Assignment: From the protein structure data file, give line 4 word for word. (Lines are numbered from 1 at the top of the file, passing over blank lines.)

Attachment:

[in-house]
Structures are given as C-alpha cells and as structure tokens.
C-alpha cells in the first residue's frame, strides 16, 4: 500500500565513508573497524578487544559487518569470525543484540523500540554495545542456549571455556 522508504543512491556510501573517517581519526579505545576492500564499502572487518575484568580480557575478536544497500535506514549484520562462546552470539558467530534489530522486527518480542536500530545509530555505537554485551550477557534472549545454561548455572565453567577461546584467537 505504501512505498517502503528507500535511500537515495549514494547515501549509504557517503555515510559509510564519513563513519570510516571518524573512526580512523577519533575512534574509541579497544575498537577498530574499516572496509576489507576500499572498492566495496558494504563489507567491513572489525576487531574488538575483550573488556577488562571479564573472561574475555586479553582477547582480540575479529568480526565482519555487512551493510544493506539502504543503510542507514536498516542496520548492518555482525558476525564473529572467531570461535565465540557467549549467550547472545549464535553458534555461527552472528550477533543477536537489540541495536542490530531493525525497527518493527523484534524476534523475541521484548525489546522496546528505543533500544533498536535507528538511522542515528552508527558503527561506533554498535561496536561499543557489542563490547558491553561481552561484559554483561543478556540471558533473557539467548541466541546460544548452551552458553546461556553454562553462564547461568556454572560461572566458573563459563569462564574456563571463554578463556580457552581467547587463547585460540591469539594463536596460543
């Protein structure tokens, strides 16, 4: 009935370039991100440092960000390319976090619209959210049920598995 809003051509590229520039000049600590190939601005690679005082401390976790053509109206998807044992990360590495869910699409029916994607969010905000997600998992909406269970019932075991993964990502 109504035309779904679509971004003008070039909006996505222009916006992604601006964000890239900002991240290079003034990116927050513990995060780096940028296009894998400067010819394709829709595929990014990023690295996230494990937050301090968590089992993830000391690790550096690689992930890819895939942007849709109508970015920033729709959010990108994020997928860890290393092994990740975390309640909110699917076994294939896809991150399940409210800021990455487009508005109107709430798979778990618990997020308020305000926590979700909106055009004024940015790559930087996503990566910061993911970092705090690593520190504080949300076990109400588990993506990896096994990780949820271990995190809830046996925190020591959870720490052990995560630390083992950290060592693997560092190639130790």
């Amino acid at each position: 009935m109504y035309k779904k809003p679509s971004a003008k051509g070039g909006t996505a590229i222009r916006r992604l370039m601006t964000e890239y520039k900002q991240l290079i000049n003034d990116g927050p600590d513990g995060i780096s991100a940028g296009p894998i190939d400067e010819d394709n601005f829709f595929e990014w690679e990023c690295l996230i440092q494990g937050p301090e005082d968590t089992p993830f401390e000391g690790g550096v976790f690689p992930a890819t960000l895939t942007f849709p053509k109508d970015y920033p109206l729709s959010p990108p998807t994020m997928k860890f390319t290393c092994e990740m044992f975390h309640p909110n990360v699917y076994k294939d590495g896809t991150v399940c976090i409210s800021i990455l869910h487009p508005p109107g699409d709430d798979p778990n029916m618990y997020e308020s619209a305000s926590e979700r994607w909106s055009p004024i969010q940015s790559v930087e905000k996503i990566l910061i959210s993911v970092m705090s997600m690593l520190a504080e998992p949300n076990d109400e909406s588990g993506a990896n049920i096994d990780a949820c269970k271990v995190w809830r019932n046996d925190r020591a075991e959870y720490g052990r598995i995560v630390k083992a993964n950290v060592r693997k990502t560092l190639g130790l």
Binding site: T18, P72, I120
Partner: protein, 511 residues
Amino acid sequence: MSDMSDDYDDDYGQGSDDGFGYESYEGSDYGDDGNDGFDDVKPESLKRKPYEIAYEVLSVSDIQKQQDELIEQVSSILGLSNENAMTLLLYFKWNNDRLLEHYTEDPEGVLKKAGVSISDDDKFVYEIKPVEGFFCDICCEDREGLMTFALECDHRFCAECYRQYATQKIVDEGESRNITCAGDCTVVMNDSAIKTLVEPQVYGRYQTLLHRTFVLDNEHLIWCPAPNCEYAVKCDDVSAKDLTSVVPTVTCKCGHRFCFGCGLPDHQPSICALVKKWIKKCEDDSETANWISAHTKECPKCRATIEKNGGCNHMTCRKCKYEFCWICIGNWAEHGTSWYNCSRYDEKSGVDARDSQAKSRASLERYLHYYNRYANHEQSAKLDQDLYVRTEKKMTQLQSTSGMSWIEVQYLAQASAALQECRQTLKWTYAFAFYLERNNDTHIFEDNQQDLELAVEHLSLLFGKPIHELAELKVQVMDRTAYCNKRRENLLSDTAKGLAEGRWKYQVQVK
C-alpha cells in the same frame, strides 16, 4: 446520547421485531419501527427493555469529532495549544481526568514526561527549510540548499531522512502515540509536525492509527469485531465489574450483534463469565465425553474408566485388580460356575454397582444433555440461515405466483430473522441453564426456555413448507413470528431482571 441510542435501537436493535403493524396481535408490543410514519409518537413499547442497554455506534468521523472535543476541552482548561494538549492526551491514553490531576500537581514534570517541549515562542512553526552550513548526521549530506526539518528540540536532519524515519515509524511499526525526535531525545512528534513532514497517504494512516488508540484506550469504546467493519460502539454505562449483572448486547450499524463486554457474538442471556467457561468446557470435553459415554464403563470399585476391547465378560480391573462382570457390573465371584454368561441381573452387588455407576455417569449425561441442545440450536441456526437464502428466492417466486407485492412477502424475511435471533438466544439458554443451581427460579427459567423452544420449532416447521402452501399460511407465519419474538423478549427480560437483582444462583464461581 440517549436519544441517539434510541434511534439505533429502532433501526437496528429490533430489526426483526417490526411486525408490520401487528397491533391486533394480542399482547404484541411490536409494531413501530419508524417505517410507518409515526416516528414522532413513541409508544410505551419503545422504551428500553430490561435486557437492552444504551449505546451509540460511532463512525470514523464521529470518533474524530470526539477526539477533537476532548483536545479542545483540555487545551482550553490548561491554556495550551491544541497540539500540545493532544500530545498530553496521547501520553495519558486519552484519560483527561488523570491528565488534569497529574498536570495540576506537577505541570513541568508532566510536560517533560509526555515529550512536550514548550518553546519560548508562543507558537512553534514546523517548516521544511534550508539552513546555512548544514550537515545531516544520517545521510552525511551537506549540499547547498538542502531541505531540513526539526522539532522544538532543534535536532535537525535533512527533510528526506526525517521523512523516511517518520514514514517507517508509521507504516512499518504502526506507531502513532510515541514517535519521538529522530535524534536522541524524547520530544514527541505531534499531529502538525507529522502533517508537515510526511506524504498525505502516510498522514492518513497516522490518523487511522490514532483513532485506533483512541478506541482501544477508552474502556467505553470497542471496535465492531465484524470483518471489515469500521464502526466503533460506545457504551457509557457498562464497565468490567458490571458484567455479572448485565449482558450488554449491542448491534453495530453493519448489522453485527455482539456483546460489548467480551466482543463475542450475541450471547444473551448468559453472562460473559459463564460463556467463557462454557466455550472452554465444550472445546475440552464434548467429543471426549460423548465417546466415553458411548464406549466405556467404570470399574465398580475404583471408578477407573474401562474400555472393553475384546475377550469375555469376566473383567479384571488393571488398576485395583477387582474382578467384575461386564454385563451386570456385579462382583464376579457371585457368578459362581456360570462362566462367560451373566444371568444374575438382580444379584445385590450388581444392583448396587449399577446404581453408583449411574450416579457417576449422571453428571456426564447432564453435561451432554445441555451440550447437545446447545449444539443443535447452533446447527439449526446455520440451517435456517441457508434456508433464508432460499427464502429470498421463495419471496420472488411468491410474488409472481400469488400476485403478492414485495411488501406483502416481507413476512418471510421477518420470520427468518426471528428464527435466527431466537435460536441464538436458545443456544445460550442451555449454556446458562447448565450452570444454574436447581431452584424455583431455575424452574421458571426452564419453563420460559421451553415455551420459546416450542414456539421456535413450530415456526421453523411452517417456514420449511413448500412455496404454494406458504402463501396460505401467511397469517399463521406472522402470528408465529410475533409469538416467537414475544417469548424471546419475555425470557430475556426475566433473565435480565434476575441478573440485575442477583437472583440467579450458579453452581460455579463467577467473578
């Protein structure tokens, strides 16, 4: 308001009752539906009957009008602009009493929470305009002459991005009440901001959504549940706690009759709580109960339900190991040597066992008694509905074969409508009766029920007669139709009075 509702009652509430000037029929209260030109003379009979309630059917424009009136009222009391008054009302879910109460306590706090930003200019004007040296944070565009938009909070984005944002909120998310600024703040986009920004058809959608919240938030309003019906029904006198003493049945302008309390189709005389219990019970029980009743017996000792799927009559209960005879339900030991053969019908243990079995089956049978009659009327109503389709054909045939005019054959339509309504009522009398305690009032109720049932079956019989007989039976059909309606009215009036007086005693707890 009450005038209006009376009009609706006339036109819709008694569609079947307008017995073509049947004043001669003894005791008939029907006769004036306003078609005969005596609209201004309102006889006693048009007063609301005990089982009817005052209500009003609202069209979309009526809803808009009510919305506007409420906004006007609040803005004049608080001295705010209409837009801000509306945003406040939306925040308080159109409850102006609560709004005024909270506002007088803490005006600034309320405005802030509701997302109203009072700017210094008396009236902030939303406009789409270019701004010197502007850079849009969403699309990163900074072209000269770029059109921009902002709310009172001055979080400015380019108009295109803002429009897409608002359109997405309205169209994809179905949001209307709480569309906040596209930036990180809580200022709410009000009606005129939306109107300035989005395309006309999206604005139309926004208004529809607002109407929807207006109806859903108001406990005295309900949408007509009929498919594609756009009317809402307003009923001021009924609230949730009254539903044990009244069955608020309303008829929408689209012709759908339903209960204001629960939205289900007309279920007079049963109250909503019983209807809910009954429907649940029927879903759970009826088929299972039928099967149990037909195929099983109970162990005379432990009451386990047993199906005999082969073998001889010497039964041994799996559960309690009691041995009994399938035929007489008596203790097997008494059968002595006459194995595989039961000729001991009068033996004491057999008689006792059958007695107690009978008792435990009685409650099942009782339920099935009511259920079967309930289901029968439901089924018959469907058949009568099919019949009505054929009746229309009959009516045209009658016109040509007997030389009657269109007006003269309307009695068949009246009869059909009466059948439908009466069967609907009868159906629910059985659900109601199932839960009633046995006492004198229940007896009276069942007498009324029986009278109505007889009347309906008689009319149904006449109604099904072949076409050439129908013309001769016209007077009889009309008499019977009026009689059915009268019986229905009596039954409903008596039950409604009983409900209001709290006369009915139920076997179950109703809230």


């Protein structure tokens, strides 16, 4: 009935370039991100440092960000390319976090619209959210049920598995 809003051509590229520039000049600590190939601005690679005082401390976790053509109206998807044992990360590495869910699409029916994607969010905000997600998992909406269970019932075991993964990502 109504035309779904679509971004003008070039909006996505222009916006992604601006964000890239900002991240290079003034990116927050513990995060780096940028296009894998400067010819394709829709595929990014990023690295996230494990937050301090968590089992993830000391690790550096690689992930890819895939942007849709109508970015920033729709959010990108994020997928860890290393092994990740975390309640909110699917076994294939896809991150399940409210800021990455487009508005109107709430798979778990618990997020308020305000926590979700909106055009004024940015790559930087996503990566910061993911970092705090690593520190504080949300076990109400588990993506990896096994990780949820271990995190809830046996925190020591959870720490052990995560630390083992950290060592693997560092190639130790």